Gabriela Cino


The role of subordinates in vigilance inside family groups of Alpine marmots (Marmota marmota) and the structure of the pup’s screams

My master’s thesis is supervised by Prof. Klaus Zuberbühler and co-supervised by researchers from the Alpine Marmot Project , Dr. Aurélie Cohas and Dr. Thierry Lengagne, University of Lyon. I will study marmots (Marmota marmota) in La Grande Sassière nature reserve in the French Alps, where they have been studied for over twenty years.

The project will consist of an observational study on the vigilance behaviour of adult subordinates and in an analysis of pup’s screams. Indeed, marmots live in family groups composed of one dominant parental breeding pair, adult subordinates, yearlings (one-year old young individuals) and pups of the current year. Subordinates are sexually mature but do not breed in their natal group and they often interact with the juveniles and infants in different ways.

The aim of the observational study is to investigate how subordinate Alpine marmots contribute to helping infants and to which degree this species can be considered a cooperative breeder. If subordinates participate in successfully raising younger siblings, then they should help other group members by providing vigilance and alarm calling that goes beyond their individual interest. To address these questions, I will collect video-recorded data from different family groups of varying group composition, during periods of experimentally induced perturbation that will be perceived by individuals as high risk situations. My general hypothesis is that subordinates should increase their vigilance behaviour after infants are born and when they are in high risk situations.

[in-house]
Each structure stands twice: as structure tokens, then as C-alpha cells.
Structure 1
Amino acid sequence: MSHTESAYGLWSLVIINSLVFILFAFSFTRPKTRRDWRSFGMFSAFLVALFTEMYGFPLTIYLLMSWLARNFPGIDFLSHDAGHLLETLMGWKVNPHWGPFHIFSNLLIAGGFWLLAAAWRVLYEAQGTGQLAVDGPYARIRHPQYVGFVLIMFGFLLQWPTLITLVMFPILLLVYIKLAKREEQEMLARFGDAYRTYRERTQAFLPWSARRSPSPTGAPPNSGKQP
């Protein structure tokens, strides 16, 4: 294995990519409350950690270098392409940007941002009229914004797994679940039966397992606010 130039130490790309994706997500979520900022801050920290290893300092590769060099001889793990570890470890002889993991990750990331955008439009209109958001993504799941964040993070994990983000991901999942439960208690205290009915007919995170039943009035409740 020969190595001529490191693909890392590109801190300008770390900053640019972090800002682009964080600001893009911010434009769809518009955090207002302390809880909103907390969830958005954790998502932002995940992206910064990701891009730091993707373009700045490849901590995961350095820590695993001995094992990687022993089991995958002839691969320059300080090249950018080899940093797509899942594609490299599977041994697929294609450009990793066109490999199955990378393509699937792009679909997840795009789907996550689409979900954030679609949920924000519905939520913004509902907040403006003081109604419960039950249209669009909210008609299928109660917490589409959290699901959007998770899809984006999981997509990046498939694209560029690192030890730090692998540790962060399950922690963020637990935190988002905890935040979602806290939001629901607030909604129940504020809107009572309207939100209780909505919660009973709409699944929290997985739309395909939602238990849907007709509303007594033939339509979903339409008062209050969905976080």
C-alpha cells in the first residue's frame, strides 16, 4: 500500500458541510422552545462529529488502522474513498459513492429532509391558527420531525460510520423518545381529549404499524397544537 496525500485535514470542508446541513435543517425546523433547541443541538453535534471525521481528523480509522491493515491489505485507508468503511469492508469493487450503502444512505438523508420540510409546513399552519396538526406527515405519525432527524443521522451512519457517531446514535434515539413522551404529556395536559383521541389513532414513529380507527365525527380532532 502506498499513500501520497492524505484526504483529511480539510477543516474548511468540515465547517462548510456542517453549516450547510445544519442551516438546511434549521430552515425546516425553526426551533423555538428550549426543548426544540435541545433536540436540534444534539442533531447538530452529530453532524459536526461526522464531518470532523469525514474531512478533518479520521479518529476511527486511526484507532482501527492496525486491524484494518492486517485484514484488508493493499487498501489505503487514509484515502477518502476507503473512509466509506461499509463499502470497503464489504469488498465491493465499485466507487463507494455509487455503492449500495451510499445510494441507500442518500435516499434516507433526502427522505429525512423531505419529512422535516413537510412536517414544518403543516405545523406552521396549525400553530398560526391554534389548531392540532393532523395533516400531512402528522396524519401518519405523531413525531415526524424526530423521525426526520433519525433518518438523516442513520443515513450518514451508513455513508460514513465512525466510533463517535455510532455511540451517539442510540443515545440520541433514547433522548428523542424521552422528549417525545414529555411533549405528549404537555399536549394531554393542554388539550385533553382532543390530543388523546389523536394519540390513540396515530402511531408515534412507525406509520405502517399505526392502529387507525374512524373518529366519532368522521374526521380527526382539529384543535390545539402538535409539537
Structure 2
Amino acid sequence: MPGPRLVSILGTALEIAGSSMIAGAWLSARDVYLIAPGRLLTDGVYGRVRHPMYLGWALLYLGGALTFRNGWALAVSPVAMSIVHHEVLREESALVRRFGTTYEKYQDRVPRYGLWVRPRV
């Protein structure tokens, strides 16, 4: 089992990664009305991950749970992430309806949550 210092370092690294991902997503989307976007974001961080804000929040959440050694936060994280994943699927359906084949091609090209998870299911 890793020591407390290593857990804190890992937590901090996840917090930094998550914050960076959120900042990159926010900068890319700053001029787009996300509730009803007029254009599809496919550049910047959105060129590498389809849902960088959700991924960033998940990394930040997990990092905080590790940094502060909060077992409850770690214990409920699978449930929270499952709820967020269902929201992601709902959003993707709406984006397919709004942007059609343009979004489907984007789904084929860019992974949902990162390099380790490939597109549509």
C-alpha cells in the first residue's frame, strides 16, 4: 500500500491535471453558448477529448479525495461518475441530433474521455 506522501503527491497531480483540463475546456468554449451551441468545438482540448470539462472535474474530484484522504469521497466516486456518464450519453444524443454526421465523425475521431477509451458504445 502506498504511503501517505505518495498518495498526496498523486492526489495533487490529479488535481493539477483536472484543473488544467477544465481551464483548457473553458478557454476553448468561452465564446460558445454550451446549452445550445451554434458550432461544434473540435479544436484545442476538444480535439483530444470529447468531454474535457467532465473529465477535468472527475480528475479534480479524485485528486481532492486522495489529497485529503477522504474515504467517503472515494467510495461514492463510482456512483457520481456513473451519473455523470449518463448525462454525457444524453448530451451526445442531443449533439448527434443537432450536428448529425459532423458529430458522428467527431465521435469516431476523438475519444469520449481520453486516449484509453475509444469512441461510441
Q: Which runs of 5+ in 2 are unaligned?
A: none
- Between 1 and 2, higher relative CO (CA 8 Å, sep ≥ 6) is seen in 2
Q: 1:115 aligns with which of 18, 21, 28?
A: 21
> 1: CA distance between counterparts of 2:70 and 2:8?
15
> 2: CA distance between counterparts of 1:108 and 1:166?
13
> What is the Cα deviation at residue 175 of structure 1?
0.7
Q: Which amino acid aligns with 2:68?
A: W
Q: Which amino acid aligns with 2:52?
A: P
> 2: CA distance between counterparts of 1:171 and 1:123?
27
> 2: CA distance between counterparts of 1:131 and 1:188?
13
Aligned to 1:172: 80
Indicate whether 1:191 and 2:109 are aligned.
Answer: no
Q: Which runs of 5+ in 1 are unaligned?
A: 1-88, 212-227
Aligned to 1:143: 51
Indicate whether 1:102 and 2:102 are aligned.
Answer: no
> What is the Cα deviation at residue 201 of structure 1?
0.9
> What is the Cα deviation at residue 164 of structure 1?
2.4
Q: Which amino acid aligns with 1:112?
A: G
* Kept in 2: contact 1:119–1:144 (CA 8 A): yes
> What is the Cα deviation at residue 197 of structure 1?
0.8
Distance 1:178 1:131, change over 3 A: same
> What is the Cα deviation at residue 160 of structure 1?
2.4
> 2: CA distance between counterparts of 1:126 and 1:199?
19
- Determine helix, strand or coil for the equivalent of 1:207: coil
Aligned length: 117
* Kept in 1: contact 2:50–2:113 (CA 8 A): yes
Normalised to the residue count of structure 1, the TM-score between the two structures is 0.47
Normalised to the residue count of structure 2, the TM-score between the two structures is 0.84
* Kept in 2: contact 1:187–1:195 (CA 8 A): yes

For the second part of my project, I will record pup’s screams that are produced when they are caught by the researchers during the normal procedure of monitoring. In particular, I will investigate if there are individual signatures in these screams and also if there are differences depending on the body-mass of the individual (mass-size-frequency relationship) and what is the structure of these fairly unstudied screams. The hypotheses are that there should be individual differences in the composition of the screams and heavier pups should produce lower frequency screams, as it is the case for alarm calls. 

Future research linking the production of screams by pups to the subordinate’s behaviour will be able to use these recordings of the screams to perform play-back experiments to subordinates of the different families, in order to further investigate the function of subordinates in the protection of pups.